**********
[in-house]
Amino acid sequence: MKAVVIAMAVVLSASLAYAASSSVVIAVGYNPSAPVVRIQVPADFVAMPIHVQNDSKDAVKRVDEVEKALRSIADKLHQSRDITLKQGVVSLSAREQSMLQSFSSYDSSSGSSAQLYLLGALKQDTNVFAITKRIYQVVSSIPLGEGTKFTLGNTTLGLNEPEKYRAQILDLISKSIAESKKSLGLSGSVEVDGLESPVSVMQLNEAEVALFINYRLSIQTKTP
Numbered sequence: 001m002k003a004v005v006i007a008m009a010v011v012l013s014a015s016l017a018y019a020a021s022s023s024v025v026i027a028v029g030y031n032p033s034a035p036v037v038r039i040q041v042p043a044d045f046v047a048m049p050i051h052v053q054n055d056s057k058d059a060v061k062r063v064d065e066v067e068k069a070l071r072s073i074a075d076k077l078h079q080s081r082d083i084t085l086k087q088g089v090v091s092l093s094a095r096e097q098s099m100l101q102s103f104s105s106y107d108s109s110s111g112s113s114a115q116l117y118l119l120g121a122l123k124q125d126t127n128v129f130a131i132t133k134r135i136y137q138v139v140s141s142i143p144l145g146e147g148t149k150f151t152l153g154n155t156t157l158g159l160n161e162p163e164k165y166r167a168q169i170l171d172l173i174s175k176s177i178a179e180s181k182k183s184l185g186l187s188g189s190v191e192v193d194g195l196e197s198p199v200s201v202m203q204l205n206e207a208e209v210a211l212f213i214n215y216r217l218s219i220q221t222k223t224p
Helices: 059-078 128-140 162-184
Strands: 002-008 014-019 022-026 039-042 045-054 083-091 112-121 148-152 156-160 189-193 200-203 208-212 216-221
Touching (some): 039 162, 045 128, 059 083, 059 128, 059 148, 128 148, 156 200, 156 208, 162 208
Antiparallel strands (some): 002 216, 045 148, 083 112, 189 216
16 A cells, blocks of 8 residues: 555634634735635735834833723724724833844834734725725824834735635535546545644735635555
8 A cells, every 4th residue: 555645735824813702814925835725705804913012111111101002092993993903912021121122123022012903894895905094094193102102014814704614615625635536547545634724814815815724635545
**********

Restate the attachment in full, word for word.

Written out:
[in-house]
Amino acid sequence: MKAVVIAMAVVLSASLAYAASSSVVIAVGYNPSAPVVRIQVPADFVAMPIHVQNDSKDAVKRVDEVEKALRSIADKLHQSRDITLKQGVVSLSAREQSMLQSFSSYDSSSGSSAQLYLLGALKQDTNVFAITKRIYQVVSSIPLGEGTKFTLGNTTLGLNEPEKYRAQILDLISKSIAESKKSLGLSGSVEVDGLESPVSVMQLNEAEVALFINYRLSIQTKTP
Numbered sequence: 001m002k003a004v005v006i007a008m009a010v011v012l013s014a015s016l017a018y019a020a021s022s023s024v025v026i027a028v029g030y031n032p033s034a035p036v037v038r039i040q041v042p043a044d045f046v047a048m049p050i051h052v053q054n055d056s057k058d059a060v061k062r063v064d065e066v067e068k069a070l071r072s073i074a075d076k077l078h079q080s081r082d083i084t085l086k087q088g089v090v091s092l093s094a095r096e097q098s099m100l101q102s103f104s105s106y107d108s109s110s111g112s113s114a115q116l117y118l119l120g121a122l123k124q125d126t127n128v129f130a131i132t133k134r135i136y137q138v139v140s141s142i143p144l145g146e147g148t149k150f151t152l153g154n155t156t157l158g159l160n161e162p163e164k165y166r167a168q169i170l171d172l173i174s175k176s177i178a179e180s181k182k183s184l185g186l187s188g189s190v191e192v193d194g195l196e197s198p199v200s201v202m203q204l205n206e207a208e209v210a211l212f213i214n215y216r217l218s219i220q221t222k223t224p
Helices: 059-078 128-140 162-184
Strands: 002-008 014-019 022-026 039-042 045-054 083-091 112-121 148-152 156-160 189-193 200-203 208-212 216-221
Touching (some): 039 162, 045 128, 059 083, 059 128, 059 148, 128 148, 156 200, 156 208, 162 208
Antiparallel strands (some): 002 216, 045 148, 083 112, 189 216
16 A cells, blocks of 8 residues: 555634634735635735834833723724724833844834734725725824834735635535546545644735635555
8 A cells, every 4th residue: 555645735824813702814925835725705804913012111111101002092993993903912021121122123022012903894895905094094193102102014814704614615625635536547545634724814815815724635545